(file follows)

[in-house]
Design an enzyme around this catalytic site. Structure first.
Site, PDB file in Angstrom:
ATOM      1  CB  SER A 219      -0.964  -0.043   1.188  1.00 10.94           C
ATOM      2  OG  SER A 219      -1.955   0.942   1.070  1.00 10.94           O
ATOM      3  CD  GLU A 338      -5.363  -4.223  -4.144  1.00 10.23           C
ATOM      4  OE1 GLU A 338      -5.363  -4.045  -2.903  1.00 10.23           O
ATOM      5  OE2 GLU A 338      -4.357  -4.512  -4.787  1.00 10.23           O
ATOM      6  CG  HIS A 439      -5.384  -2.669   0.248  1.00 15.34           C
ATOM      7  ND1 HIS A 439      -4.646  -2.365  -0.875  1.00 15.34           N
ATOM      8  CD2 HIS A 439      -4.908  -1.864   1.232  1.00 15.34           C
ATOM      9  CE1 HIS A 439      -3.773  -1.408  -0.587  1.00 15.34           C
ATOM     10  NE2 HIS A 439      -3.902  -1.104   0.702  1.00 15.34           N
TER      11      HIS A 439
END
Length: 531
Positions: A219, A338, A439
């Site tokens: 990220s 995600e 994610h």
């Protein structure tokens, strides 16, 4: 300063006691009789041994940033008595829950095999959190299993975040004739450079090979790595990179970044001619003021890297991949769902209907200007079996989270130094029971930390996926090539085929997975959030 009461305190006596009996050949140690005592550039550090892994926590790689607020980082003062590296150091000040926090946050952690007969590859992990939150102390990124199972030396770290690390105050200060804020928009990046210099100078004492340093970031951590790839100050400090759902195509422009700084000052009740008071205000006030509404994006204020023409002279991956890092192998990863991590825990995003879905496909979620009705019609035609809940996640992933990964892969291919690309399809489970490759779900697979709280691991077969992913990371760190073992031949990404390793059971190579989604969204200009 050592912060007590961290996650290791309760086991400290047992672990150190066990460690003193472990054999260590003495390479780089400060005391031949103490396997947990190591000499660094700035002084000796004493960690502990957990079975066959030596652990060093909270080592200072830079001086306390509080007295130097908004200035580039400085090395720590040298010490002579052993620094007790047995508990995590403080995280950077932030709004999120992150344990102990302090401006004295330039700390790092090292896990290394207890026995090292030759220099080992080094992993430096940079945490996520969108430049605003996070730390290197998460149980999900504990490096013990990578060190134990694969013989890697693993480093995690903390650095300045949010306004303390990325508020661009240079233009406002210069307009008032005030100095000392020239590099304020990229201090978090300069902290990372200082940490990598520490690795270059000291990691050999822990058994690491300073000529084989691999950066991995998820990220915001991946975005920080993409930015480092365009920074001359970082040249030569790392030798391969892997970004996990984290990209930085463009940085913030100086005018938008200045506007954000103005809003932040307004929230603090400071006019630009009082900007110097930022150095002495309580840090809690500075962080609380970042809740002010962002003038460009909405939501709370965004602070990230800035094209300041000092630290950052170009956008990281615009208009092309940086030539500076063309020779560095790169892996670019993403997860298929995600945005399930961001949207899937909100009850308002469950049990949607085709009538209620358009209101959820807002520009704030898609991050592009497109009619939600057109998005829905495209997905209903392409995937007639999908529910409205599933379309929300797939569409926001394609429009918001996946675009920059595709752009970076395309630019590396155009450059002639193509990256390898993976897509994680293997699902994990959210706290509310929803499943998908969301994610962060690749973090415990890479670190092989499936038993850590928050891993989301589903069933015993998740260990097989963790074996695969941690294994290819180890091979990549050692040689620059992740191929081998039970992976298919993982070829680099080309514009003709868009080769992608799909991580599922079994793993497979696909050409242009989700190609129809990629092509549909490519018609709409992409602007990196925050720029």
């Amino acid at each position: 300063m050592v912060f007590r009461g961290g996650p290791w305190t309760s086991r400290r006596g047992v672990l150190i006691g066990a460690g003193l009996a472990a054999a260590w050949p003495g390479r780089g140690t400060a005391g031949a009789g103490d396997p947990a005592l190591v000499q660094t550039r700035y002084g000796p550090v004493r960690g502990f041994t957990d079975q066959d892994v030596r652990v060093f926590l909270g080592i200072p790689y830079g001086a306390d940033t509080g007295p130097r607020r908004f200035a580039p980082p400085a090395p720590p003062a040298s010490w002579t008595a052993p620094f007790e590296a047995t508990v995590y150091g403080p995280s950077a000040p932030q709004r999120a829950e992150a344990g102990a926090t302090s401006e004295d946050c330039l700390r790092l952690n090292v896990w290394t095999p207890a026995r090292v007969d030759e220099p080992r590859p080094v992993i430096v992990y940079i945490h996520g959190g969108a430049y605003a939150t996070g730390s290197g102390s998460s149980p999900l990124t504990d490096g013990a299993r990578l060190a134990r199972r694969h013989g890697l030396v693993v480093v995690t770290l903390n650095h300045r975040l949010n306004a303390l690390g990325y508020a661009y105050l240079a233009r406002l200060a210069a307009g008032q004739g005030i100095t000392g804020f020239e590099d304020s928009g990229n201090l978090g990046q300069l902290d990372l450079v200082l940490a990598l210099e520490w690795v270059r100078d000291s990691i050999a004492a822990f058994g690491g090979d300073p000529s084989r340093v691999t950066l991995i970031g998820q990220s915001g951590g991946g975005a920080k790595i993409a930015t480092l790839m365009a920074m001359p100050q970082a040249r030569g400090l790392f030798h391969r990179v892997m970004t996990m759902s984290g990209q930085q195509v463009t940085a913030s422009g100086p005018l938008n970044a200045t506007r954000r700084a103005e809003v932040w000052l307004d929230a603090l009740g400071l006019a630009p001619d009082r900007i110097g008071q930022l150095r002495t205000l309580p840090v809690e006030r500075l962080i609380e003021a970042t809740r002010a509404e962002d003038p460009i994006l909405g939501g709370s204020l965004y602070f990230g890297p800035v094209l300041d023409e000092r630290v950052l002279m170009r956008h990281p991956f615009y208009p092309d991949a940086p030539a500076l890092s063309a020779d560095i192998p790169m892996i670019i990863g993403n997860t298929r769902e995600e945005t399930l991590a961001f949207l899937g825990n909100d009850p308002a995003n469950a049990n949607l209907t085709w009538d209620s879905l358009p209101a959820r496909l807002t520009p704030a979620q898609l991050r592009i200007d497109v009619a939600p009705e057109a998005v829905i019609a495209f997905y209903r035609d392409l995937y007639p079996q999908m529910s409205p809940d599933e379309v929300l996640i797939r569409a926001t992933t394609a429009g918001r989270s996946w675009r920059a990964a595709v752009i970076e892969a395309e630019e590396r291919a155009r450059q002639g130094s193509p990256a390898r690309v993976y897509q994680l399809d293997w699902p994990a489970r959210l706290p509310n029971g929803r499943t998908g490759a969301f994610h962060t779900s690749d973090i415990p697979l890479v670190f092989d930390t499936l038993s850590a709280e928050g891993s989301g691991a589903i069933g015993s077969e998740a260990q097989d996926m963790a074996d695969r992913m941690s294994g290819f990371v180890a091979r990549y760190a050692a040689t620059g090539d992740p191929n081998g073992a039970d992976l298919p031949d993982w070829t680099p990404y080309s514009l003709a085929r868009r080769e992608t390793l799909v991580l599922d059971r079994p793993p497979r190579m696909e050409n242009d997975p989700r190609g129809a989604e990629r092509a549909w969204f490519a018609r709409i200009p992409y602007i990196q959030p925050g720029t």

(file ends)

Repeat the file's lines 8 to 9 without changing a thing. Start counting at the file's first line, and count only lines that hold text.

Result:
ATOM      5  OE2 GLU A 338      -4.357  -4.512  -4.787  1.00 10.23           O
ATOM      6  CG  HIS A 439      -5.384  -2.669   0.248  1.00 15.34           C